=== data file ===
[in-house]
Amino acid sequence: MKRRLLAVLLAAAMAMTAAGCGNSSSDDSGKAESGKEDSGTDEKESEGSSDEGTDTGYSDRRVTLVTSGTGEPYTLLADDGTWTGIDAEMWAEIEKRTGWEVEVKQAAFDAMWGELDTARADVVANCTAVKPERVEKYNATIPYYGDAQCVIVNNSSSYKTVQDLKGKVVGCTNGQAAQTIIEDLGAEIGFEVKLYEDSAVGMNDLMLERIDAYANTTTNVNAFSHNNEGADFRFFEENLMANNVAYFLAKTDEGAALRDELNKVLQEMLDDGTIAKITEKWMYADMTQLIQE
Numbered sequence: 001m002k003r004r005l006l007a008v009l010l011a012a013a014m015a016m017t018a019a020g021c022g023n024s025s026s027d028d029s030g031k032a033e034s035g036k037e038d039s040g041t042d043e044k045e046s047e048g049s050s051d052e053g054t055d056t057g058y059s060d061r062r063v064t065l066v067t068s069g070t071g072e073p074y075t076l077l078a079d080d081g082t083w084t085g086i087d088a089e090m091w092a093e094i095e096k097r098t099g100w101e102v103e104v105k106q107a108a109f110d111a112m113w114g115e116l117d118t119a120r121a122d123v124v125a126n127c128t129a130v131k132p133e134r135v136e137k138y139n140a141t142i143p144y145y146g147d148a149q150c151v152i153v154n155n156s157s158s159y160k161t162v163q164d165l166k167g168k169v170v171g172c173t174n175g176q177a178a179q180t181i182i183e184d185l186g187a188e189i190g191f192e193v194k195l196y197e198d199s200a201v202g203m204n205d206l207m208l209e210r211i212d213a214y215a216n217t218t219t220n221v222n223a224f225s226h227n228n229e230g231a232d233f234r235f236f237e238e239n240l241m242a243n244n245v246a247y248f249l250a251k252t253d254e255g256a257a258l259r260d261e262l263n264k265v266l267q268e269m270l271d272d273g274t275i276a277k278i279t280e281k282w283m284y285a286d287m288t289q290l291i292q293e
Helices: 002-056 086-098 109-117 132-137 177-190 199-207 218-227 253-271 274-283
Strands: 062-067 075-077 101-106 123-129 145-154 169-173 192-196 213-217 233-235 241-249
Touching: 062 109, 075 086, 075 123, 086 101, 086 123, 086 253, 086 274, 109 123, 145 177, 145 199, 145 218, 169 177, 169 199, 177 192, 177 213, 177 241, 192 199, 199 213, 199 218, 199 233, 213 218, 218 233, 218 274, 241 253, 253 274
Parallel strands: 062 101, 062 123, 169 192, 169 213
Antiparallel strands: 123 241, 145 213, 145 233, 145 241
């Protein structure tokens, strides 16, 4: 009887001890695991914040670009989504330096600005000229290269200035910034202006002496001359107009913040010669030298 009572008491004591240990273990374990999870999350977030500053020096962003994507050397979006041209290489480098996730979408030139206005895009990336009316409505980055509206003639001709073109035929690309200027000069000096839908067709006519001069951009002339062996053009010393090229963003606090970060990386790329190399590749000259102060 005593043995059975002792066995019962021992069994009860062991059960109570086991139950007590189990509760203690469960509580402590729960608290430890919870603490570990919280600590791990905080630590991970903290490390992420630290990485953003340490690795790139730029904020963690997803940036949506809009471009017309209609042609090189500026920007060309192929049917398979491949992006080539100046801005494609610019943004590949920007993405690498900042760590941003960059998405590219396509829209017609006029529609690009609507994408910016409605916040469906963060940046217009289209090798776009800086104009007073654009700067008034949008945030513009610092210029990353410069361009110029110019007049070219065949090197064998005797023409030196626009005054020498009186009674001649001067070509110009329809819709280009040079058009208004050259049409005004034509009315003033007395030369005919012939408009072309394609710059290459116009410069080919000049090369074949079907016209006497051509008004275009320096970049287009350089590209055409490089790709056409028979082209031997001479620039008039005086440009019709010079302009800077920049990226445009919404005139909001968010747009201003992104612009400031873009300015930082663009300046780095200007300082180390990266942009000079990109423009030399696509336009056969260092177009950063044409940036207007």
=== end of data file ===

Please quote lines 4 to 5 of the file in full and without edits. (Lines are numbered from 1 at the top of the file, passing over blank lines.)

Helices: 002-056 086-098 109-117 132-137 177-190 199-207 218-227 253-271 274-283
Strands: 062-067 075-077 101-106 123-129 145-154 169-173 192-196 213-217 233-235 241-249